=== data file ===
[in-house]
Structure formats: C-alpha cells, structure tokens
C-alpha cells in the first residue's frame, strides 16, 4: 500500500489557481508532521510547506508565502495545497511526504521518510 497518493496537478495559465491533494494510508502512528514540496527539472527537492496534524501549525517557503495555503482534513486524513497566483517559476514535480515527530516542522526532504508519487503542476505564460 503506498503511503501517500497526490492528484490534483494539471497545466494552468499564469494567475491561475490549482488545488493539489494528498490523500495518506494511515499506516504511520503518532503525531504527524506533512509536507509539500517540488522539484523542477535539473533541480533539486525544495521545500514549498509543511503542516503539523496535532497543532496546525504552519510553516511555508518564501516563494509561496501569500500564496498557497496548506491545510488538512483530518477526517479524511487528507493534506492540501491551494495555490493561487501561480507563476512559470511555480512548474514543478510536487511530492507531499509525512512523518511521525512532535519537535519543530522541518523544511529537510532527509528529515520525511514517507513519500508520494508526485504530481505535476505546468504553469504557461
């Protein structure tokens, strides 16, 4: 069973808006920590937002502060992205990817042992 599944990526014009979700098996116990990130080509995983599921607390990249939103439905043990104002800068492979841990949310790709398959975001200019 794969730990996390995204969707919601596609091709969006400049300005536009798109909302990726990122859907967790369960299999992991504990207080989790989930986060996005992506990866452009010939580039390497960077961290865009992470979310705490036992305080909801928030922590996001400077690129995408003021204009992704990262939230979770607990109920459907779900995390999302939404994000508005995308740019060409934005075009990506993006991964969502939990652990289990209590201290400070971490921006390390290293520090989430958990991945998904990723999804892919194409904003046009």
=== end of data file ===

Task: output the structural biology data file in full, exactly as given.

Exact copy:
[in-house]
Structure formats: C-alpha cells, structure tokens
C-alpha cells in the first residue's frame, strides 16, 4: 500500500489557481508532521510547506508565502495545497511526504521518510 497518493496537478495559465491533494494510508502512528514540496527539472527537492496534524501549525517557503495555503482534513486524513497566483517559476514535480515527530516542522526532504508519487503542476505564460 503506498503511503501517500497526490492528484490534483494539471497545466494552468499564469494567475491561475490549482488545488493539489494528498490523500495518506494511515499506516504511520503518532503525531504527524506533512509536507509539500517540488522539484523542477535539473533541480533539486525544495521545500514549498509543511503542516503539523496535532497543532496546525504552519510553516511555508518564501516563494509561496501569500500564496498557497496548506491545510488538512483530518477526517479524511487528507493534506492540501491551494495555490493561487501561480507563476512559470511555480512548474514543478510536487511530492507531499509525512512523518511521525512532535519537535519543530522541518523544511529537510532527509528529515520525511514517507513519500508520494508526485504530481505535476505546468504553469504557461
């Protein structure tokens, strides 16, 4: 069973808006920590937002502060992205990817042992 599944990526014009979700098996116990990130080509995983599921607390990249939103439905043990104002800068492979841990949310790709398959975001200019 794969730990996390995204969707919601596609091709969006400049300005536009798109909302990726990122859907967790369960299999992991504990207080989790989930986060996005992506990866452009010939580039390497960077961290865009992470979310705490036992305080909801928030922590996001400077690129995408003021204009992704990262939230979770607990109920459907779900995390999302939404994000508005995308740019060409934005075009990506993006991964969502939990652990289990209590201290400070971490921006390390290293520090989430958990991945998904990723999804892919194409904003046009």